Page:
This is just a very weird case. And it’s particularly weird that the president would take such political risk — negotiating with the Taliban, releasing their people without consulting Congress — for a soldier whose story is so very muddled.

I find myself wondering if there’s something we’re not being told. Maybe Sgt. Bergdahl was on a mission, say — sent into Taliban hands as an agent provocateur and so to those in the know, there’s nothing suspect in his behavior, or … But then I think, I’ve watched too many movies and TV shows with strange plots.

I don’t know what to think. I know that it’s now hard to greet this soldier’s return with complete, unalloyed joy. Which is a terrible shame. I don’t like having this reaction. I hope what I learn going forward sweeps all doubts away…

The resignation of Gen. Shinseki

In better days: Gen. Shinseki congratulates Strom Thurmond on his 100th birthday.

In better days: Gen. Shinseki congratulates Strom Thurmond on his 100th birthday.

Well, we certainly knew this was coming this morning, didn’t we?

It was reported that Eric Shinseki had issued an apology for the mess in the V.A., after which he was headed for a meeting at the White House. You just sort of knew he’d be coming out of there without a job.

Which is what happened.

It’s a shame for Gen. Shinseki’s distinguished career to end this way. Or rather, his second career. He had risen to the top of his profession by being good at his job. He was the guy who was right about Iraq when Donald Rumsfeld and President Bush were wrong. He, like Leroy Inabinet, is a man of honor who deserves to be remembered that way.

But today, he felt compelled to do something men of honor have done since ancient times: He dutifully fell on his sword.

For his part, the president implied that he didn’t think the V.A. scandal was Gen. Shinseki’s fault:

Obama paid tribute to Shinseki, telling reporters that he arrived at his decision to accept the VA chief’s resignation because of Shinseki’s “belief that he would be a distraction from the task at hand.”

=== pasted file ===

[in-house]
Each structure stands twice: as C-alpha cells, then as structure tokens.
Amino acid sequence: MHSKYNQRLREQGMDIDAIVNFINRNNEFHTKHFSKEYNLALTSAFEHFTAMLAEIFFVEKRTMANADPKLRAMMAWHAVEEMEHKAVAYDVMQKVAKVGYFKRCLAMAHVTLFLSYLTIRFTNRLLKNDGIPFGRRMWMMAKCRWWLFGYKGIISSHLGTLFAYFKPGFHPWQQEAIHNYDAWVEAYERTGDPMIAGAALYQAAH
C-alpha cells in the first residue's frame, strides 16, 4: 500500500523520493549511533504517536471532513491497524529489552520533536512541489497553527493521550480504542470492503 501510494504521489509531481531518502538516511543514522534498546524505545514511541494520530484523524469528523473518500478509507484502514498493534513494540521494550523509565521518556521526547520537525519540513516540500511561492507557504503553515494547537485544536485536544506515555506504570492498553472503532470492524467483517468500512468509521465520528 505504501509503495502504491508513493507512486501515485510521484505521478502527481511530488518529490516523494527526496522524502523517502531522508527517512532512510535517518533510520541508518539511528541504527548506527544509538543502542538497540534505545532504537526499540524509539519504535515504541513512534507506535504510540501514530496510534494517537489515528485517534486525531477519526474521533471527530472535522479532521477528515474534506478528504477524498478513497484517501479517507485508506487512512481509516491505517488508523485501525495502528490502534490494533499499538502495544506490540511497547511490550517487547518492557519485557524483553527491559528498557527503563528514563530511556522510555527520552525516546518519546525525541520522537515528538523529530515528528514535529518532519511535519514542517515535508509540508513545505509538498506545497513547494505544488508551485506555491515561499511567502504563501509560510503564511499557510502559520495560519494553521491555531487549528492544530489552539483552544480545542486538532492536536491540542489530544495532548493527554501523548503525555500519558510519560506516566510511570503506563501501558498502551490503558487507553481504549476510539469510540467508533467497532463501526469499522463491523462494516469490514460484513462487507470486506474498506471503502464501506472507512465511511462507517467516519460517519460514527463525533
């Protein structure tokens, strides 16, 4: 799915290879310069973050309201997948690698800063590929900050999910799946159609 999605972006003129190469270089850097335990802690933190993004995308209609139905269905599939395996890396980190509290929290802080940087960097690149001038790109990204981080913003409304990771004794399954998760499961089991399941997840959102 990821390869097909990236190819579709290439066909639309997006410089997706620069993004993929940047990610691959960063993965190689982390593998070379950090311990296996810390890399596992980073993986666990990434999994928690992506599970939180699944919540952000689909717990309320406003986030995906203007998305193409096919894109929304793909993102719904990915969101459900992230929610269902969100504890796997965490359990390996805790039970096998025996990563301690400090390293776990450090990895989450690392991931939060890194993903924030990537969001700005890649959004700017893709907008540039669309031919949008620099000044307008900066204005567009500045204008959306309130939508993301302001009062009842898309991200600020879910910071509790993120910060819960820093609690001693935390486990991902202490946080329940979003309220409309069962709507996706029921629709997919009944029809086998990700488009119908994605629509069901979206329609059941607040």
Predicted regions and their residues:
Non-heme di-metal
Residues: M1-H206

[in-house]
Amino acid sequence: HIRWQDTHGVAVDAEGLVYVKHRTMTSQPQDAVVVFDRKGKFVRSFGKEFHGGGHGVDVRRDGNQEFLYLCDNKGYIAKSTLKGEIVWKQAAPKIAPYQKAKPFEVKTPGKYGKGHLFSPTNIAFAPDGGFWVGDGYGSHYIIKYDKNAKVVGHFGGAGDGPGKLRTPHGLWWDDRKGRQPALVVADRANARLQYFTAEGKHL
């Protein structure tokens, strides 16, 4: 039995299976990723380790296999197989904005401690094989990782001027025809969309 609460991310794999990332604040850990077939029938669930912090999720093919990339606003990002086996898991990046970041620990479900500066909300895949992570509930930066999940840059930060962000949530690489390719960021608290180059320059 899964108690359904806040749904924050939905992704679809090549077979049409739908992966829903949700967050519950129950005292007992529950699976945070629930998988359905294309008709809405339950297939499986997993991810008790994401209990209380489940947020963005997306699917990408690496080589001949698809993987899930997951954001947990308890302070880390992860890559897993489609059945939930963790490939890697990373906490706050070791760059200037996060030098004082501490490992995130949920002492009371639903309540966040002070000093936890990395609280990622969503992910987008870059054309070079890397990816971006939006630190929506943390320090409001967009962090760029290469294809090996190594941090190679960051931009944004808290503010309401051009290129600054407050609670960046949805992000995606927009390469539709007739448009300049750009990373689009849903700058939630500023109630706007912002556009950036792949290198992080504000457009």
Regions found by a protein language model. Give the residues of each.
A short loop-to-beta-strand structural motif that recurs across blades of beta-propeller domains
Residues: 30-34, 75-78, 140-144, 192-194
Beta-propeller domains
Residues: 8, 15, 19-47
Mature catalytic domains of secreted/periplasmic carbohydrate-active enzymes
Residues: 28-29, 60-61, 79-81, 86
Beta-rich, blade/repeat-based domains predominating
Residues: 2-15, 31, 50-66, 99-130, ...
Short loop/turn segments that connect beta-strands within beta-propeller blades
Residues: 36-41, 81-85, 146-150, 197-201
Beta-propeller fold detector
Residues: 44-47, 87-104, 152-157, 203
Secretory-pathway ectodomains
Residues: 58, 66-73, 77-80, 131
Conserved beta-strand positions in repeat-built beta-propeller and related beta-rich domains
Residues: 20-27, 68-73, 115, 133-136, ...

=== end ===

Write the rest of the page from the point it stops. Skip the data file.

“He is a very good man,” Obama said. “He’s a good person who’s done exemplary work on our behalf.” He said Shinseki concluded that “he could not carry out the next stages of reform without being a distraction himself.”

“I think he’s deeply disappointed in the fact that bad news did not get to him,” Obama said. “His priority now is to make sure that happens, and he felt like the new leadership would serve our veterans better, and I agreed with him.”…

It’s interesting to contrast this with the way things played out with Kathleen Sebelius. She presided over a major systemic failure, probably the greatest embarrassment this administration has faced, considering how large health reform loomed in its legend. Yet she was allowed to stay until it was obvious that things had gotten better, and then quit.

The WashPost yesterday demonstrated the difference between the two cases in a graph, showing a statistical difference in terms of calls for each secretary’s resignation. The dam burst on Wednesday. And there was a qualitative as well as a quantitative difference. This time, Democrats were saying he had to go.

Graham: Leave more troops in Afghanistan

Just now seeing this release that moved late yesterday:

Graham, Ayotte, McCain Issue Statement on Afghanistan

WASHINGTON—U.S. Senators Lindsey Graham (R-South Carolina), Kelly Ayotte (R-New Hampshire), and John McCain (R-Arizona) today made the following statement on Afghanistan.

“We hope a recent press report that the White House is considering a post-2014 force in Afghanistan well below the recommendations of our military commanders is incorrect.

“After 13 years of sacrifice and investment, success in Afghanistan is now within our grasp. The last thing we should do in the coming years is increase the risks to our mission unnecessarily. We believe the recommendations of our military leaders represent sound military advice and would allow for continued U.S. support in the areas still needed by Afghan security forces. Maintaining several thousand additional U.S. troops in Afghanistan could mean the difference between success and failure.